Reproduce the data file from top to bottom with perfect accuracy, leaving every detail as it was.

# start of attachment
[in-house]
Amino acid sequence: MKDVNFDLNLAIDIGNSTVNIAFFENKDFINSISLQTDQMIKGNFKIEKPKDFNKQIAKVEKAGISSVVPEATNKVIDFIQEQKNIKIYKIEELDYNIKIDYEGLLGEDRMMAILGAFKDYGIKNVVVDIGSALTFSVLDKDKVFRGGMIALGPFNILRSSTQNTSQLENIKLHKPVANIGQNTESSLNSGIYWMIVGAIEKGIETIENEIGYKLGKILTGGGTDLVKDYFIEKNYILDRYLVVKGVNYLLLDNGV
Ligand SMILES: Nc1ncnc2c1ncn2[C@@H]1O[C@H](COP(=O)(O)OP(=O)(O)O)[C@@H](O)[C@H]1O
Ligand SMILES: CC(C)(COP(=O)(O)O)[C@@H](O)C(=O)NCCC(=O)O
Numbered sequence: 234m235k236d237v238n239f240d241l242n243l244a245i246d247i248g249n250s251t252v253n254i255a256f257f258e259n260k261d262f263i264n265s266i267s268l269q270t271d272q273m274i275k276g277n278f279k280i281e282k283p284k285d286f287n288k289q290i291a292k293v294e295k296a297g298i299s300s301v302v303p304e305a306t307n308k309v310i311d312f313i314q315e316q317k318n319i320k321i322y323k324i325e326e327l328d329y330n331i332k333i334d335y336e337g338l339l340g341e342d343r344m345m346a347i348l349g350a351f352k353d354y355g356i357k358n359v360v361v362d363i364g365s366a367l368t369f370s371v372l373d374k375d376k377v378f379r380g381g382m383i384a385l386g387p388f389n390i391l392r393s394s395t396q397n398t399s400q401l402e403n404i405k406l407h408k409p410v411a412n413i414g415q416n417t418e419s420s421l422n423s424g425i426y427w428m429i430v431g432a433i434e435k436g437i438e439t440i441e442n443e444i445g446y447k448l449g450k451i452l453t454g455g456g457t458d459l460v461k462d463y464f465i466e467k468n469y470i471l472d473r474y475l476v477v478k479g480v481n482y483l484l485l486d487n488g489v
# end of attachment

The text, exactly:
[in-house]
Amino acid sequence: MKDVNFDLNLAIDIGNSTVNIAFFENKDFINSISLQTDQMIKGNFKIEKPKDFNKQIAKVEKAGISSVVPEATNKVIDFIQEQKNIKIYKIEELDYNIKIDYEGLLGEDRMMAILGAFKDYGIKNVVVDIGSALTFSVLDKDKVFRGGMIALGPFNILRSSTQNTSQLENIKLHKPVANIGQNTESSLNSGIYWMIVGAIEKGIETIENEIGYKLGKILTGGGTDLVKDYFIEKNYILDRYLVVKGVNYLLLDNGV
Ligand SMILES: Nc1ncnc2c1ncn2[C@@H]1O[C@H](COP(=O)(O)OP(=O)(O)O)[C@@H](O)[C@H]1O
Ligand SMILES: CC(C)(COP(=O)(O)O)[C@@H](O)C(=O)NCCC(=O)O
Numbered sequence: 234m235k236d237v238n239f240d241l242n243l244a245i246d247i248g249n250s251t252v253n254i255a256f257f258e259n260k261d262f263i264n265s266i267s268l269q270t271d272q273m274i275k276g277n278f279k280i281e282k283p284k285d286f287n288k289q290i291a292k293v294e295k296a297g298i299s300s301v302v303p304e305a306t307n308k309v310i311d312f313i314q315e316q317k318n319i320k321i322y323k324i325e326e327l328d329y330n331i332k333i334d335y336e337g338l339l340g341e342d343r344m345m346a347i348l349g350a351f352k353d354y355g356i357k358n359v360v361v362d363i364g365s366a367l368t369f370s371v372l373d374k375d376k377v378f379r380g381g382m383i384a385l386g387p388f389n390i391l392r393s394s395t396q397n398t399s400q401l402e403n404i405k406l407h408k409p410v411a412n413i414g415q416n417t418e419s420s421l422n423s424g425i426y427w428m429i430v431g432a433i434e435k436g437i438e439t440i441e442n443e444i445g446y447k448l449g450k451i452l453t454g455g456g457t458d459l460v461k462d463y464f465i466e467k468n469y470i471l472d473r474y475l476v477v478k479g480v481n482y483l484l485l486d487n488g489v